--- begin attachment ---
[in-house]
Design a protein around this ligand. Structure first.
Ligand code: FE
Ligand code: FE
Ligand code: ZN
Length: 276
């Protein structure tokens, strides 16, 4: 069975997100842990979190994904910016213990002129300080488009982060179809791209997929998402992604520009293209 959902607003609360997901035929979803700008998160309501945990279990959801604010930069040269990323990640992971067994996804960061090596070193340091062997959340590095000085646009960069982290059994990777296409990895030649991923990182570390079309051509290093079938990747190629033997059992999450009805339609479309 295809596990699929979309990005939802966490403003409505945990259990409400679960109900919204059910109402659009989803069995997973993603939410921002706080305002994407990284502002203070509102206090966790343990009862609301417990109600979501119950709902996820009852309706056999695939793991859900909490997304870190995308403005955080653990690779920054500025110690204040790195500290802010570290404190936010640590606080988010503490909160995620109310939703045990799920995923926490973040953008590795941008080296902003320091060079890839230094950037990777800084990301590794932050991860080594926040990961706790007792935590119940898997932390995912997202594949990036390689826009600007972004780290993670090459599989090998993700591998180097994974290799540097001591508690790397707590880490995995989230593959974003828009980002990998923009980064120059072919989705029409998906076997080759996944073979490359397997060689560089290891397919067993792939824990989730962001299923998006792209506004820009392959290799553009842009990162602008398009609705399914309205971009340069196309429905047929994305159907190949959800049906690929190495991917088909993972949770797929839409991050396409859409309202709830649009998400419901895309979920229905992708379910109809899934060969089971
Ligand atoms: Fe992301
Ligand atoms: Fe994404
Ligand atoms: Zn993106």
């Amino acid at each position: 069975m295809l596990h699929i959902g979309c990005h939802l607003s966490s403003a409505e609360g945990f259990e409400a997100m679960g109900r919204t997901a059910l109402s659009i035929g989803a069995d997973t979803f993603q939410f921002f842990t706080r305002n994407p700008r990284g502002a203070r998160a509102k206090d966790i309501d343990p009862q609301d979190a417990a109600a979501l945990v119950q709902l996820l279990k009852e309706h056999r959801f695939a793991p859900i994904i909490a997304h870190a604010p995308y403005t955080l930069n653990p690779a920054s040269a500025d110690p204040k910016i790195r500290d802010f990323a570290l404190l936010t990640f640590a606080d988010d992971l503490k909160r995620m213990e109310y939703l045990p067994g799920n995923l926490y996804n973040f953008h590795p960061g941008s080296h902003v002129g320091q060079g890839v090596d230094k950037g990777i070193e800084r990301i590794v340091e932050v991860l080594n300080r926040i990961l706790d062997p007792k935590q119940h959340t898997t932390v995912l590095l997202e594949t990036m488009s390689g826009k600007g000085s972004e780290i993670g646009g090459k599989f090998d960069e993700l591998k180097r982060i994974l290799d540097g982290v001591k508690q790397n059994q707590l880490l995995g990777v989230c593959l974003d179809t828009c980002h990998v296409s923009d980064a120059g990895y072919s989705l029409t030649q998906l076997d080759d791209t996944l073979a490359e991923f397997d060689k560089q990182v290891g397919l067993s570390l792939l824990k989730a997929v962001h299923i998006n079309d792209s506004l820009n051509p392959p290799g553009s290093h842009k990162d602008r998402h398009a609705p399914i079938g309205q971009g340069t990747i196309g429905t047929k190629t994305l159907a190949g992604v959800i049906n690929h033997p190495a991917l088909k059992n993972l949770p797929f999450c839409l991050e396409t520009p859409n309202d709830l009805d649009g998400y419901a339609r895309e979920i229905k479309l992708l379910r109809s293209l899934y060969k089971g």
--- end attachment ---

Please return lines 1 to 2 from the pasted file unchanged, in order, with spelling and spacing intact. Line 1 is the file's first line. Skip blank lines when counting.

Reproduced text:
[in-house]
Design a protein around this ligand. Structure first.